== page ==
Some horsemen, as here, wear knee-length boots. All horsemen ride bareback, and without stirrups which were not yet invented. Drill-holes indicate where reins and bridle were attached. These would have been in bronze and have long been lost.
Half of the North frieze is in the British Museum and the other half in the Acropolis museum. The total length of the north frieze was 58.70 m. The scenes begin at the northwest corner of the opisthonaos as a continuation of the procession which has already started on the west side, thus running from block N XLVII to block N I. The action develops gradually and from quiet preparation accelerates to a gallop. Ignoring the divisions of the blocks, the horsemen are depicted proceeding in groups of seven or eight, the horses partly overlapping each other. The continuous flow of horses and riders is interrupted only by the marshal (90) on block XXXIV. Yet with variety of garment, of stance and gesture of the most beautiful of the horsemen and with the occasional depiction of a man turning his head to look back, monotony is avoided.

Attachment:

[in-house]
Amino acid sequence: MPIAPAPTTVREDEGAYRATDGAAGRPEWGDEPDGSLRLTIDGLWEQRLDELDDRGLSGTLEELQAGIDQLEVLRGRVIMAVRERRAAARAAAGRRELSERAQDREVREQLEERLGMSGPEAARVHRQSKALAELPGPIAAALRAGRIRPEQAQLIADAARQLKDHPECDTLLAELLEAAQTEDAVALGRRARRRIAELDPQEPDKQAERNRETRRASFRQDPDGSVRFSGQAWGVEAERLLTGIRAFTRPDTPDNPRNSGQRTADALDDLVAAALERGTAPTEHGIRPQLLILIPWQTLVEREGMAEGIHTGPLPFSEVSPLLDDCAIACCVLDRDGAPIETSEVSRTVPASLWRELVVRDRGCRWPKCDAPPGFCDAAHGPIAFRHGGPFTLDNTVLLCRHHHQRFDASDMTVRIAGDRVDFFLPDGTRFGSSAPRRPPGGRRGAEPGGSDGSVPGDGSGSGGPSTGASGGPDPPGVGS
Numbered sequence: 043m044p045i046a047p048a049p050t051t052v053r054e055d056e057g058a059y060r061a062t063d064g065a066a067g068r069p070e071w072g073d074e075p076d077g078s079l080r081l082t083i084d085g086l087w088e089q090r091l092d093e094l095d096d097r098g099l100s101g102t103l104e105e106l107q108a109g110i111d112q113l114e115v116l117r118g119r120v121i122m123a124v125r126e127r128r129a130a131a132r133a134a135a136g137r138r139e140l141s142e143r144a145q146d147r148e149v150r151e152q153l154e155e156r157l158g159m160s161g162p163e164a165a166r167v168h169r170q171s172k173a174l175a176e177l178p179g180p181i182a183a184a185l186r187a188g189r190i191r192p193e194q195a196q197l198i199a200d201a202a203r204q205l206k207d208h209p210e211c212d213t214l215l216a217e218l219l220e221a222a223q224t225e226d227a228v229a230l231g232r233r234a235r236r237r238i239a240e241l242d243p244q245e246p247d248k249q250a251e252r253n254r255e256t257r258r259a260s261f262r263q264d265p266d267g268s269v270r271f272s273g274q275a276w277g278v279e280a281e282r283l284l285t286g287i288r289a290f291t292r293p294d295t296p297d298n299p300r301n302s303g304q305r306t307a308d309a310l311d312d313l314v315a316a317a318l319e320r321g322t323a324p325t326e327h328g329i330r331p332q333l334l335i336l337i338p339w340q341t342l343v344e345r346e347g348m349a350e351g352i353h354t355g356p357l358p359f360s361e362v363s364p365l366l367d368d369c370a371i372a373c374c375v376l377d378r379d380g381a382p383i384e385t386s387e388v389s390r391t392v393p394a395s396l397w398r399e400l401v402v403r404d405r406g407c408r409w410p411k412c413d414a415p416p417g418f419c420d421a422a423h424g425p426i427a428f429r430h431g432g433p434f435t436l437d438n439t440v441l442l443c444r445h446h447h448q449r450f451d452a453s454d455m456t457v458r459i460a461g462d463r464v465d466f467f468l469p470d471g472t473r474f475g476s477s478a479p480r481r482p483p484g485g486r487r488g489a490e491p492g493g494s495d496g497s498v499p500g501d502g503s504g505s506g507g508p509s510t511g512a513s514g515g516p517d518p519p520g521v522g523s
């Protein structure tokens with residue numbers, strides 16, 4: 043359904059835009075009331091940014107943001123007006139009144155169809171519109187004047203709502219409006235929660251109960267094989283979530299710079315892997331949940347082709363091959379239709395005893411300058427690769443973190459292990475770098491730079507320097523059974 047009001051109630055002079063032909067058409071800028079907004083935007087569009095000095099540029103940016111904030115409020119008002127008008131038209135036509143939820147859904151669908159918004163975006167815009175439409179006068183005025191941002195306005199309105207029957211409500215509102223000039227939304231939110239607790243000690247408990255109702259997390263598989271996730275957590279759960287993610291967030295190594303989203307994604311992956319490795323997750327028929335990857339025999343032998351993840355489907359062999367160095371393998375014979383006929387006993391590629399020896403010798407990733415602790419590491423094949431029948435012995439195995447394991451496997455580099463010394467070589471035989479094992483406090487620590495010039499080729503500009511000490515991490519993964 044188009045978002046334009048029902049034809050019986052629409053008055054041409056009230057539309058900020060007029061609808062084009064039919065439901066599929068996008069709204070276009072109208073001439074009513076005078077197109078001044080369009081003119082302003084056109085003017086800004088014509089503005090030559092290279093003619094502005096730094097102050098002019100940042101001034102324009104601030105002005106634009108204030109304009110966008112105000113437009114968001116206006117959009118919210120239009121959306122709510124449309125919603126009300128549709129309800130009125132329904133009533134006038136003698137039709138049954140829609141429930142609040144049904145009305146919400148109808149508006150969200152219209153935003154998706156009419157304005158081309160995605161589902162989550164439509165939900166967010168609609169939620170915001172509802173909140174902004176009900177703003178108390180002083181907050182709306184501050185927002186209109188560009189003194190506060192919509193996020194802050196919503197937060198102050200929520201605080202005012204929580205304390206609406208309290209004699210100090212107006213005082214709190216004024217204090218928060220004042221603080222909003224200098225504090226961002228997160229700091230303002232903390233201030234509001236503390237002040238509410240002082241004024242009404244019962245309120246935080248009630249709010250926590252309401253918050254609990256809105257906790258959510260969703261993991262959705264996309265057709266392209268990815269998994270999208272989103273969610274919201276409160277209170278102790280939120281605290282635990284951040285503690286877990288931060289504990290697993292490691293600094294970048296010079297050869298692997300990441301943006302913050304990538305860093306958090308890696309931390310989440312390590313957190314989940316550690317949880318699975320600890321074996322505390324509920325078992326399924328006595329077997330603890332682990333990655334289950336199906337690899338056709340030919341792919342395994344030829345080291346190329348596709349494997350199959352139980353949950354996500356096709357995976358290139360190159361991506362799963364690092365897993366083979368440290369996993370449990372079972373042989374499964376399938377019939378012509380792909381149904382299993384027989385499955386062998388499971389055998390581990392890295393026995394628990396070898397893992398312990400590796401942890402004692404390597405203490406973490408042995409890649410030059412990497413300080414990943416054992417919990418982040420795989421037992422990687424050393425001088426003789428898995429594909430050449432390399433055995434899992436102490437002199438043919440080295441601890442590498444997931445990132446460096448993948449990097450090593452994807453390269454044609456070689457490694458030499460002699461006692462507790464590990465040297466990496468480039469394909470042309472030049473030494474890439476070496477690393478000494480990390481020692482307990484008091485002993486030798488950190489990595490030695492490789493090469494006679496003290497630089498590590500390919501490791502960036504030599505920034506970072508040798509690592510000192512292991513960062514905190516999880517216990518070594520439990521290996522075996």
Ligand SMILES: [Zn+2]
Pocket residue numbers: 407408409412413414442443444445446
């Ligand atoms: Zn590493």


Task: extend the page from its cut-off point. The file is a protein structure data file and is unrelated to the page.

The frieze of the Parthenon forms a continuous band with scenes in low relief that encircles the upper part of the cella, the main temple, within the outer colonnade. The theme represented was the procession toward the Acropolis that took place during the Great Panathenaia, the commemoration of the birthday of the goddess Athena.
Numbering taken from I. Jenkins, The Parthenon Frieze, 1994. Frieze slabs are marked in Roman numerals, People are marked in arabic numerals.